Rinse the cookie mold under warm running water. Remember DO NOT SOAK  the molds. Over exposure to water will soften the finish on the mold, just as it would on your wooden furniture.





Now check  for stubborn spots of dough you may have missed. Or you may have cookie molds that have dried dough in them from previous use. Drip a drop of water on the spot, let it soften for a minute.





With a round wooden toothpick, gently pick out the dough. Do not use flat toothpicks (they splinter easily) or metal tools such as skewers or needles (they scratch the surface of the molds). Repeat the drop of water again if needed. Repeat gentle scrubbing and rinsing until the mold is clean.


PatTerryTowelPat the rinsed mold with a terrycloth towel being sure to push into the deep parts of the carving. I use cotton terrycloth shop cloths that I buy at a big box store.






Lay the clean molds on a dry terrycloth. You can put the terrycloth towel on a cooling rack for better air circulation, especially if you have many molds to dry and the weather is humid.


Let the molds dry completely. Overnight is good. You never want to store the molds with any moisture on them. If you store the molds in sealed bags or containers, any moisture remaining will harm the finish. I have many molds that I hang on my wall, and others that I store in bubble bags placed in plastic totes. However you store them, store them DRY.

Good care of your cookie molds will make them last years and removing dried dough from the recesses of the mold will yeild clearer cookie prints.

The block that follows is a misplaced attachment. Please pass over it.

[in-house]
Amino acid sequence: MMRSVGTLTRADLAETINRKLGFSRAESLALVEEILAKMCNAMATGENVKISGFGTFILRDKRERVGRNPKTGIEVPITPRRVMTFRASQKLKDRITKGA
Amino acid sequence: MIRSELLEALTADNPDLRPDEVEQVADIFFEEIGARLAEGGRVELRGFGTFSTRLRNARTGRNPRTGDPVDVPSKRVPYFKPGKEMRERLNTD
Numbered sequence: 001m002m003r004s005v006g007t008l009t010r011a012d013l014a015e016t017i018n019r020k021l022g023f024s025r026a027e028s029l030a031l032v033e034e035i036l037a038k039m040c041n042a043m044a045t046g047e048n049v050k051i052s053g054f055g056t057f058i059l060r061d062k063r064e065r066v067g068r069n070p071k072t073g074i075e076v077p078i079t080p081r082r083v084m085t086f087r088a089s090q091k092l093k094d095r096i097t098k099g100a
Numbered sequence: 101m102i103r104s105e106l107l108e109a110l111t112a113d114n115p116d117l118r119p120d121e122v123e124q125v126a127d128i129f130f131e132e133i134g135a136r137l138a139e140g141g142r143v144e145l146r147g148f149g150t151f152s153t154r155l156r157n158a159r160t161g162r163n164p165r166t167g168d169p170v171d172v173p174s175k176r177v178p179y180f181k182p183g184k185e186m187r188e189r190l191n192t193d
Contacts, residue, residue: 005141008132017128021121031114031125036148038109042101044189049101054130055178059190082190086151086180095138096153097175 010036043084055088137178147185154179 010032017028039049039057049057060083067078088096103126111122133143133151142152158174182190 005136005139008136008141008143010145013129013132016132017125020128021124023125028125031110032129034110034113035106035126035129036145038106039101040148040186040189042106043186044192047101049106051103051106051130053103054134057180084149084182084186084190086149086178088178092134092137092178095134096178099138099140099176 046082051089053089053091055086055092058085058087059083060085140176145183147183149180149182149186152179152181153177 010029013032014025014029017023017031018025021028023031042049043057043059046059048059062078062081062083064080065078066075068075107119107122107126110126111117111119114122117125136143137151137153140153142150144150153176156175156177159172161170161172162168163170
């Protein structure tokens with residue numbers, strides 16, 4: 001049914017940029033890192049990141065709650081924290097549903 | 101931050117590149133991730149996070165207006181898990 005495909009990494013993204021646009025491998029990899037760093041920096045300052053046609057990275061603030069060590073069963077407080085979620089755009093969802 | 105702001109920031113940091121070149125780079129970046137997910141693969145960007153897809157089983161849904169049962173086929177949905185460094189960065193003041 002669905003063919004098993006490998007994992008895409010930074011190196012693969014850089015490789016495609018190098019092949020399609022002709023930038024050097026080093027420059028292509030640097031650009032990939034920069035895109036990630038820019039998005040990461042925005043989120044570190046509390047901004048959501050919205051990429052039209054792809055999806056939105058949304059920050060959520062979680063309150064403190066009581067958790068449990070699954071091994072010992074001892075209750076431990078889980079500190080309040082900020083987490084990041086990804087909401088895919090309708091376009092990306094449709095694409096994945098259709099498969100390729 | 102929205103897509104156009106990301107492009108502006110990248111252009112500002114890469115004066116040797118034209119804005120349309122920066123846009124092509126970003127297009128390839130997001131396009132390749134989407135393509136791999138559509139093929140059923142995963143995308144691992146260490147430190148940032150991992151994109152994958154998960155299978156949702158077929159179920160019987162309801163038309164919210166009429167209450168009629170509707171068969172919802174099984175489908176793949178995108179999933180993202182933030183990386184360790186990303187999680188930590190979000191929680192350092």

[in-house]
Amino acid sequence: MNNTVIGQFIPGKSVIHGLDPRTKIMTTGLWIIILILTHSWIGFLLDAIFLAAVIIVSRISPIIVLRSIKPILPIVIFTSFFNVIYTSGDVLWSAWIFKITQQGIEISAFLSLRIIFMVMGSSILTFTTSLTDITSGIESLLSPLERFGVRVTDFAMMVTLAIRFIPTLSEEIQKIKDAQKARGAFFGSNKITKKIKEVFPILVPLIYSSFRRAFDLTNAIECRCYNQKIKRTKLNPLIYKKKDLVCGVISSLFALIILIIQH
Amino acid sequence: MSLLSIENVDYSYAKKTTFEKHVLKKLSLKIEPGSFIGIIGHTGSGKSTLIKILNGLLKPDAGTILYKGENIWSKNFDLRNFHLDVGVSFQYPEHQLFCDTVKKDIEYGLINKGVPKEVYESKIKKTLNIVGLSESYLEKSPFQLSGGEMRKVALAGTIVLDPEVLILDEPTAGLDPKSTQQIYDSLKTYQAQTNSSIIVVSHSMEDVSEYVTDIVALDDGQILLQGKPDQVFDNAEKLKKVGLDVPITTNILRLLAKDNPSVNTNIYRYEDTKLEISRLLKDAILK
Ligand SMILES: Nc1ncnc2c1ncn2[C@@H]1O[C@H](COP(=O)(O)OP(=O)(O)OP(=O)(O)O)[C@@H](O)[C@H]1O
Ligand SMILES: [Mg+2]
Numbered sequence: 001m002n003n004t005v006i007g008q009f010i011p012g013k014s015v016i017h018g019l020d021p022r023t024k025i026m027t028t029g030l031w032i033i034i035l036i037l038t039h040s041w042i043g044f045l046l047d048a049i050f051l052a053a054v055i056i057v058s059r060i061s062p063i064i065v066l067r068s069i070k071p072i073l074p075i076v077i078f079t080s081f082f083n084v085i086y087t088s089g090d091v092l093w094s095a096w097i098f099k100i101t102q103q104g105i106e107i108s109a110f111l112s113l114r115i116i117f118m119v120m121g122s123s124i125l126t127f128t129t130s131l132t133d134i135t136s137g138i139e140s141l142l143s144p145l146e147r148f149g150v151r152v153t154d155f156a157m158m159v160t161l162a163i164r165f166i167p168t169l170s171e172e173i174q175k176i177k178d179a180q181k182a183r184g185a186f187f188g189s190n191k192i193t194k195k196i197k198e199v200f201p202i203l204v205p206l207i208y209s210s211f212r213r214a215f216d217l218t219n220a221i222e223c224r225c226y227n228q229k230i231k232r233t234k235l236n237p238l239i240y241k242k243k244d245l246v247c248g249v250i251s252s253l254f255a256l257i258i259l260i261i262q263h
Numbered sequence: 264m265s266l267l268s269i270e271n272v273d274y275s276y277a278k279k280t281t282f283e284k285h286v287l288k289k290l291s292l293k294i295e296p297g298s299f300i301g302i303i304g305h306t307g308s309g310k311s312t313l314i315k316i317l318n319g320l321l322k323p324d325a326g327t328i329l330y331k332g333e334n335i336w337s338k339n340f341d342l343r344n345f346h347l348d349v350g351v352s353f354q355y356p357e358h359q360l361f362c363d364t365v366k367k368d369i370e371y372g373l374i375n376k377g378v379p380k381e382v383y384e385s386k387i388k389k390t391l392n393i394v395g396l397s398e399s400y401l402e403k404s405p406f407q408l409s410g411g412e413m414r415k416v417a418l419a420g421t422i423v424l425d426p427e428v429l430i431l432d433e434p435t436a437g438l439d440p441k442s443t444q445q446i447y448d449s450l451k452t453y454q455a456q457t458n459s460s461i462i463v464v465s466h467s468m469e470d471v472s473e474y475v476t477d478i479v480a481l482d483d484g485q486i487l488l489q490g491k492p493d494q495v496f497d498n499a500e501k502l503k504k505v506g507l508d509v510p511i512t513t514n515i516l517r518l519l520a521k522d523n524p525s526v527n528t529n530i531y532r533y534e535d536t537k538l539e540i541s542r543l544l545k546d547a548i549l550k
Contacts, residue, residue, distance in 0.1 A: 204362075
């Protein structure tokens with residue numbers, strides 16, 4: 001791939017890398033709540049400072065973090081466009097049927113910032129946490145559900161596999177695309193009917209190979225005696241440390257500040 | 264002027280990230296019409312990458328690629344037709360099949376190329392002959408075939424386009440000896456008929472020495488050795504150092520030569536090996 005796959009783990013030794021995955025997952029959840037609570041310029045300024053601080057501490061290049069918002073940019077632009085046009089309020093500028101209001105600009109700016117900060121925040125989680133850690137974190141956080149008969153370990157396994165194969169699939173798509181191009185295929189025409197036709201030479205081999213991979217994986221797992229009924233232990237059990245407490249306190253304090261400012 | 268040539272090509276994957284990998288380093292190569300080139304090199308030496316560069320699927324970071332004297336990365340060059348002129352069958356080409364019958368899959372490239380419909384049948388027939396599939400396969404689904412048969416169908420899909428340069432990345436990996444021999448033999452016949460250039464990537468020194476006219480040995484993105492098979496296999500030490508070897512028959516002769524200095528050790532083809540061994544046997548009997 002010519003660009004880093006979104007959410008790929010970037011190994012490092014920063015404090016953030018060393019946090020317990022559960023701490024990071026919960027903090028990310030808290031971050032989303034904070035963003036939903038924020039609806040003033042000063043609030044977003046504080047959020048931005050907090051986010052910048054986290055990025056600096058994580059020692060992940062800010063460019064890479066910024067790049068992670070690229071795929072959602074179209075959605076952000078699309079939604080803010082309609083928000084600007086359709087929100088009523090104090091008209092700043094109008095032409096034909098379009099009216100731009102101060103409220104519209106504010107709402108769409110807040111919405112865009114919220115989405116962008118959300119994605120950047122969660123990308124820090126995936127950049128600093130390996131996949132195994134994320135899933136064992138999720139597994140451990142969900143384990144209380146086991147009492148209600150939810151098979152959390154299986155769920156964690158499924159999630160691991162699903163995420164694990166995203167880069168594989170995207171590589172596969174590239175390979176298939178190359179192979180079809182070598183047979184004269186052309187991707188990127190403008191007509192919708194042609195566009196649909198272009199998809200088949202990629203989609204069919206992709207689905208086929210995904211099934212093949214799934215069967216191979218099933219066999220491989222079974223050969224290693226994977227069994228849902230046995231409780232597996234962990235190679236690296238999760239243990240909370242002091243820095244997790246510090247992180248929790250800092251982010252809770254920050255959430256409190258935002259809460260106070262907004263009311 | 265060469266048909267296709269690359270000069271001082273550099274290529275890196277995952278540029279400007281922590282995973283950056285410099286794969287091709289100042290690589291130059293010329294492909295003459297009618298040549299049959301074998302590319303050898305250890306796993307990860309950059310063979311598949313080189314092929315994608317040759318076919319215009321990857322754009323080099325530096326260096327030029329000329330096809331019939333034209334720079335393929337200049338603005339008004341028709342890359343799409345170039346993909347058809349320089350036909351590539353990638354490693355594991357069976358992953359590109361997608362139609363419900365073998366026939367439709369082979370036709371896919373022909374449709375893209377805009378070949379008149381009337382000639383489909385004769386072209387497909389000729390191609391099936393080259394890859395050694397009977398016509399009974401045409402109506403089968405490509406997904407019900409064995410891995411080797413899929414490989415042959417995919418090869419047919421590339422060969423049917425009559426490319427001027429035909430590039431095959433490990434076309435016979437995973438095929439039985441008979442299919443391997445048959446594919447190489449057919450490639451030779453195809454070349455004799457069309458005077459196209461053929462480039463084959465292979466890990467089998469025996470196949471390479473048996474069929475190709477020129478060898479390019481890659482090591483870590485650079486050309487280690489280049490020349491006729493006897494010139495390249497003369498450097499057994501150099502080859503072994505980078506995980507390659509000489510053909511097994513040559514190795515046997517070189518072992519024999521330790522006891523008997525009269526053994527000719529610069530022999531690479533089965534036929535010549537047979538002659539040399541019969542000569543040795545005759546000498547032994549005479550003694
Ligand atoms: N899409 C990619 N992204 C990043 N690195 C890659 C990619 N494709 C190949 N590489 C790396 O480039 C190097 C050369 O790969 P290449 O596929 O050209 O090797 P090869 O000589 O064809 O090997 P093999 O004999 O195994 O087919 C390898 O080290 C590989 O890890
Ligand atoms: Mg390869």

Summer Weather Cooperates

by connie on June 29, 2016

I got lucky with the weather this week. I often have to force summer into autumn by turning the thermostat to lower numbers and cranking the dehumidifier into high gear. Two cooler days with night temperatures in the 50’s led to a double batch frenzy of Springerle pressing. I am needing some cookies for photography and am so happy to open the windows and turn off the air conditioner for this task. I didn’t have time for a dip in the pool anyway. And I won’t mind turning on the oven.



Easter Arrives Early

by connie on March 17, 2016


Easter really comes up fast when it is in late March. The weather might not fully cooperate for those planned Easter Egg hunts. While my children were always so delighted with snow in December, snow was not so welcome at Easter. Oh to miss the fun of the egg hunt was such a disappointment! Outdoor hunts were so much more fun and longer events than the indoor variety. Just in case, bake some cookies to paint for Easter. You can bake them now, store in highly sealed cookie tins to paint next week. Or if it happens to be cold and wet, get out the aprons, the old sheets and let the kids paint cookies on their spring break. Think daffodils, sunshine and new beginnings.